Children of modern slavery victims
Very little is known about the children of modern slavery victims and the intergenerational impact of the trauma they and their mothers have been through. To help fill the knowledge gap, London-based charity Hestia commissioned research into the needs and experiences of mothers who are survivors of modern slavery and the potential impact of their trafficking experiences on their children. The report ‘Forgotten Children’ outlines the deep and lasting impact on the lives of these children.
The Hestia researchers observed that some children of modern slavery victims were forced into premature responsibility or became hyper-vigilant to their mother’s needs as a reaction to the challenging circumstances they were living in. Several women told researchers that if they got sad their children would sense it and get upset. If they cried the child would cry too, or if they were experiencing low mood the child would try to protect them by bringing a book or some other comforter.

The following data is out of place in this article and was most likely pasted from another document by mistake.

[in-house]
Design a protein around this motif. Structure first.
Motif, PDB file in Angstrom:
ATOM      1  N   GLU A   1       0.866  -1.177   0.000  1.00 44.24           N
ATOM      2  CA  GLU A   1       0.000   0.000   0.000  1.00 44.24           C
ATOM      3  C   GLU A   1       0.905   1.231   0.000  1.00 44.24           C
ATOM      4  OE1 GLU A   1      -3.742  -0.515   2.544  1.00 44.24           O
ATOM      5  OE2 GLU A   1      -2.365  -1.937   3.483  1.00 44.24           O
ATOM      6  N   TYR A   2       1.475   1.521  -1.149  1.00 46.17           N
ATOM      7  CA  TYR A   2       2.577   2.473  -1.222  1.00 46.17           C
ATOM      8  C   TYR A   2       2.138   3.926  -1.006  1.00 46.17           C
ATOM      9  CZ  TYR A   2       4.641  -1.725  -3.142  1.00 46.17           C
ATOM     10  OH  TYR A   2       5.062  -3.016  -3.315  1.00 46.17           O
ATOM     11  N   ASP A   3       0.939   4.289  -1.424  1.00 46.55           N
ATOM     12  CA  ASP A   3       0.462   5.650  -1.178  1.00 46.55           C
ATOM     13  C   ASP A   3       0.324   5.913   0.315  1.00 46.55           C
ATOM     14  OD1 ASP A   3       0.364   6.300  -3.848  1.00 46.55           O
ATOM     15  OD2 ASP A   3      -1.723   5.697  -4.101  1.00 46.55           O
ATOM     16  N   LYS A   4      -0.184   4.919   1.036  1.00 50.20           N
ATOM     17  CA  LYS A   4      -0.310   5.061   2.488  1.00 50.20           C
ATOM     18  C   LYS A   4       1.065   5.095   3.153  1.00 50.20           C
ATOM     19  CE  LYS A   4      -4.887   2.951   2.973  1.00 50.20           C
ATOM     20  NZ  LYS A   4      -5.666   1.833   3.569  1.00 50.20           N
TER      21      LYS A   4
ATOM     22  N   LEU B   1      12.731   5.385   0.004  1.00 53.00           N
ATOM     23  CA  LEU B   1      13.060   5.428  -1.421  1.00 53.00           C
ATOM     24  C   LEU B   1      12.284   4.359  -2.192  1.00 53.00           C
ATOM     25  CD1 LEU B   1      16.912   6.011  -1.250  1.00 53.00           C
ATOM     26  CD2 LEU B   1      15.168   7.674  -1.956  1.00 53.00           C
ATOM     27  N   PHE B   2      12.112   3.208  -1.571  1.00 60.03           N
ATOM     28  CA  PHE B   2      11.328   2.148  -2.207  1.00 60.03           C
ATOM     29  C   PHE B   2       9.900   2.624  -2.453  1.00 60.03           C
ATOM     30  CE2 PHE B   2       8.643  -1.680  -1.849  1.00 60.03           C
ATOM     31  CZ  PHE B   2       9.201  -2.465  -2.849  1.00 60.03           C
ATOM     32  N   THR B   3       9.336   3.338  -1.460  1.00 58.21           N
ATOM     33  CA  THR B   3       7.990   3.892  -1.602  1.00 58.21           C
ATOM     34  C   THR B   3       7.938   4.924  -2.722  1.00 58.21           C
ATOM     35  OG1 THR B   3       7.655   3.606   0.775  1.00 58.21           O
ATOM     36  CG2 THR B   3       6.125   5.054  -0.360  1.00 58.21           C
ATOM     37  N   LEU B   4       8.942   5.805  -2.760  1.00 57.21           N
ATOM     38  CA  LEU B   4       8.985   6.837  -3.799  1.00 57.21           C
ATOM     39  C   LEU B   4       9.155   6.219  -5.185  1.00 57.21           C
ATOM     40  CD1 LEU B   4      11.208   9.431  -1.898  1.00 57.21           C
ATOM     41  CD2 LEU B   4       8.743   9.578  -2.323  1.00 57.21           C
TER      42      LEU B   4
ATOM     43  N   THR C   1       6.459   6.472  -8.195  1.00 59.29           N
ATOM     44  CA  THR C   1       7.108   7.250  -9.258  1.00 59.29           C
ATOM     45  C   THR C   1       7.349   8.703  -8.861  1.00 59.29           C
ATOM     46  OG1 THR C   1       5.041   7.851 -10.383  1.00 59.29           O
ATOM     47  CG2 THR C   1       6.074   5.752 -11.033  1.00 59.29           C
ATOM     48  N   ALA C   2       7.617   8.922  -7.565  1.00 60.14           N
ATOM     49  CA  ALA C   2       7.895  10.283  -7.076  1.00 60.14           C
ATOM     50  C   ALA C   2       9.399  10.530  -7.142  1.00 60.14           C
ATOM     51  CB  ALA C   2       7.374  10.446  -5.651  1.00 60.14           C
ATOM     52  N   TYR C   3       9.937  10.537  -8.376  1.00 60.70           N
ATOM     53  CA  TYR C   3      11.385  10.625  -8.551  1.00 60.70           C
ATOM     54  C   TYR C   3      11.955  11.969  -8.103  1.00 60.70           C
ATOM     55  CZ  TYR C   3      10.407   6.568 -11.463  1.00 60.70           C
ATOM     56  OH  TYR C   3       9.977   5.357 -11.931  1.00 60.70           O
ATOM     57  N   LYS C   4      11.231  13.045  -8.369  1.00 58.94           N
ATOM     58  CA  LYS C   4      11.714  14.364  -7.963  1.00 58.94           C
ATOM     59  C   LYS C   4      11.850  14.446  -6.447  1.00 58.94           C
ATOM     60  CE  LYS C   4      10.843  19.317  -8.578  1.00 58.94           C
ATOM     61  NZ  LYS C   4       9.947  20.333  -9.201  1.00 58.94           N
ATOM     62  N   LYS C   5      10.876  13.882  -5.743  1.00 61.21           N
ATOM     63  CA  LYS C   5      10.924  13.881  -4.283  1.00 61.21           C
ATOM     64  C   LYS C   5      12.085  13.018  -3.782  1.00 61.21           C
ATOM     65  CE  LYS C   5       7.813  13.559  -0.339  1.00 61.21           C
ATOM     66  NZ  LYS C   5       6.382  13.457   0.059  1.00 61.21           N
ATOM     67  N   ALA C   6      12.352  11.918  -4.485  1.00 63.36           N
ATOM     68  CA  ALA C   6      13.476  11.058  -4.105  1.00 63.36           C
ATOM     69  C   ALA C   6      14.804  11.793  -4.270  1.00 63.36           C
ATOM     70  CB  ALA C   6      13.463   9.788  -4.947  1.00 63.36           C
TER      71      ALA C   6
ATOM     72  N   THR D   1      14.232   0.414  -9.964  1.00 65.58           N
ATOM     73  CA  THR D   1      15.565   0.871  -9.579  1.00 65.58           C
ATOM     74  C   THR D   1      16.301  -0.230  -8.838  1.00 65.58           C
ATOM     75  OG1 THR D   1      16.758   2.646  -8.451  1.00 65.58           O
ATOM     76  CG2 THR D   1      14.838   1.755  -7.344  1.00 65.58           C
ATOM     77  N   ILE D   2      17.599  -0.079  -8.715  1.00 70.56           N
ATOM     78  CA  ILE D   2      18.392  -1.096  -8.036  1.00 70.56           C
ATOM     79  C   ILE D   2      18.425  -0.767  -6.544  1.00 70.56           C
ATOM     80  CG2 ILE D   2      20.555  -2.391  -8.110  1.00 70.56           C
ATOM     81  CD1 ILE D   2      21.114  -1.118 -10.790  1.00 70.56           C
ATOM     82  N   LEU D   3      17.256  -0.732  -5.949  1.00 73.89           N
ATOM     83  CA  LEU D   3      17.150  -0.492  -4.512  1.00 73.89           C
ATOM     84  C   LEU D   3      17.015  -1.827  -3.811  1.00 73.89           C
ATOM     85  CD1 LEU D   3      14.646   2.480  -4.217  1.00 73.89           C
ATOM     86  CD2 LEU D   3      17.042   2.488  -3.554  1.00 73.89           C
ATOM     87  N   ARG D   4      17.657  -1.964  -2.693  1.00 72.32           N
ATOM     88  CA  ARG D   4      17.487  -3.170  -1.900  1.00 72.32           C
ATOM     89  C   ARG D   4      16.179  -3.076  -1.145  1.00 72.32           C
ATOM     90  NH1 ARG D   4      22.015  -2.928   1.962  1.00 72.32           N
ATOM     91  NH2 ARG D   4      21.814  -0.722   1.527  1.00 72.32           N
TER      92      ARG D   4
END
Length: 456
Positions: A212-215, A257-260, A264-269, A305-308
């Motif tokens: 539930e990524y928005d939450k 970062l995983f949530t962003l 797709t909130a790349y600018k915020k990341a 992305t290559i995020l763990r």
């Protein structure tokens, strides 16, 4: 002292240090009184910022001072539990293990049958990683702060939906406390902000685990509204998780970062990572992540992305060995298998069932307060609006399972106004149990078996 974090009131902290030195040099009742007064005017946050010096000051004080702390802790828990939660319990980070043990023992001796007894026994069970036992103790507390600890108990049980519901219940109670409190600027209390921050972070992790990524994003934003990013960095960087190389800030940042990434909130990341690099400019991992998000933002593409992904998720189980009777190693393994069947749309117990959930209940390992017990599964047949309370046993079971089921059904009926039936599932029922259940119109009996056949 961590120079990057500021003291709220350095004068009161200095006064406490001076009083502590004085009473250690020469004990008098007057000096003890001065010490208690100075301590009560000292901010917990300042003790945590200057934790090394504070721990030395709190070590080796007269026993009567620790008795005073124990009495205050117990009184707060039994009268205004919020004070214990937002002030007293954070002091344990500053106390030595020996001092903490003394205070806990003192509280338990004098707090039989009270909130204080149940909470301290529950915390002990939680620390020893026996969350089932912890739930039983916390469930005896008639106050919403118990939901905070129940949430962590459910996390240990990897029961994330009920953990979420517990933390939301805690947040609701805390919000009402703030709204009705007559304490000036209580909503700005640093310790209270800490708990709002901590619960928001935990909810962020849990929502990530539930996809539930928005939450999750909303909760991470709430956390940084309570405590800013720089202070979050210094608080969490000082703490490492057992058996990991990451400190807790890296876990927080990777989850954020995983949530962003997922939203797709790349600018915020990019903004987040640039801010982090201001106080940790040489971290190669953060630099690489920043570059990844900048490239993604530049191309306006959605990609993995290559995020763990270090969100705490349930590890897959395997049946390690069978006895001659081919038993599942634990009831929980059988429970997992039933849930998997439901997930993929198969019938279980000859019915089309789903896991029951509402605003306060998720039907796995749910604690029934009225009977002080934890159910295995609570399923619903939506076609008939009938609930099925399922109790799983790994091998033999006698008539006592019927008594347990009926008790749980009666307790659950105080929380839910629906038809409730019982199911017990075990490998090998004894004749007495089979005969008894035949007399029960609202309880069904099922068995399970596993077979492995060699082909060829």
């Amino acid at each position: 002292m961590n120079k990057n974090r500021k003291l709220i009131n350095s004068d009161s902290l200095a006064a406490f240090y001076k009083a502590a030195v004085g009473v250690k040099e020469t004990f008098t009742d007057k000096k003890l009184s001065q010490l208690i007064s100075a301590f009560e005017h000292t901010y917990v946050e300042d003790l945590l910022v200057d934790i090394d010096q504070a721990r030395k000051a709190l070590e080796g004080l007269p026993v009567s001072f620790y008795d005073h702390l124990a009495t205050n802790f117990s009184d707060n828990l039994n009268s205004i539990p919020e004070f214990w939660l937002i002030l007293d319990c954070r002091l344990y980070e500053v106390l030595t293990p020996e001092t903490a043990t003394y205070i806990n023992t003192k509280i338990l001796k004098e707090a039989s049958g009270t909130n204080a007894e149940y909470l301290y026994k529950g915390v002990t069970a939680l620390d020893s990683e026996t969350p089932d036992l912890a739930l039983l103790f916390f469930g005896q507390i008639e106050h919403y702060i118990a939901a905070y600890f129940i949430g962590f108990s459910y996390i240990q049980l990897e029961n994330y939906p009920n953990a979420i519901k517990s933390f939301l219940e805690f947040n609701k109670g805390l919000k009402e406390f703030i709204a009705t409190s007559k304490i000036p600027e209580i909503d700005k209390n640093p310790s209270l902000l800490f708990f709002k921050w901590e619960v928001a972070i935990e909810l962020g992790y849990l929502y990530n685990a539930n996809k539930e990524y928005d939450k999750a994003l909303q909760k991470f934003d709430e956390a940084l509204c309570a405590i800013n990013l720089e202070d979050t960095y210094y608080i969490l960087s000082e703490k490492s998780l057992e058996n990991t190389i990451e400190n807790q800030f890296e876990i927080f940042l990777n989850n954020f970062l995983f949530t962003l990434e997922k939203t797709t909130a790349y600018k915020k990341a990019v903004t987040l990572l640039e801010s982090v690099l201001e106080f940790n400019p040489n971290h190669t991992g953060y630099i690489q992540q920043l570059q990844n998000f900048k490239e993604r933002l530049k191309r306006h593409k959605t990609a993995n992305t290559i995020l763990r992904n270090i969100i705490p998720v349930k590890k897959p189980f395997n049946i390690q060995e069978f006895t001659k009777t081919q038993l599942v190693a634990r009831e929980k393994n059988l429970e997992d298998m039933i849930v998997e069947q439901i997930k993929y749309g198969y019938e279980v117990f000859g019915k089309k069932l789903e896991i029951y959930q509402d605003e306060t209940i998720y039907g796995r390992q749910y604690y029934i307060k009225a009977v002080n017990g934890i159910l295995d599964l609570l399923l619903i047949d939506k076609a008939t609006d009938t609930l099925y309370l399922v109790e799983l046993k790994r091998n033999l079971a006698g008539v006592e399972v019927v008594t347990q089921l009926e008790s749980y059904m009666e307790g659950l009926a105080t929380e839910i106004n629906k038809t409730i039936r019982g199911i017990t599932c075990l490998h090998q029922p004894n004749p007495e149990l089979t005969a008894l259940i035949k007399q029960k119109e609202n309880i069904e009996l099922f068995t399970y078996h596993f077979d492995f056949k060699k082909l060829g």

Low self-esteem was common, often affecting both mother and child. For example, the daughter of one survivor was no longer speaking at school following a period where her mother experienced low self-esteem. Many of the women faced difficulties in setting boundaries and managing the behaviour of their children, especially as they got older. A member of the Hestia Modern Slavery Response Team explains: “The children push at the boundaries, but the mothers feel guilty if they say no.” Several children were being investigated or supported for developmental delay, particularly speech delay. Other health needs of children included autism, eating difficulties and low self-esteem.
Older children had either been direct victims of violence and abuse by the traffickers or witnessed their mothers being hurt.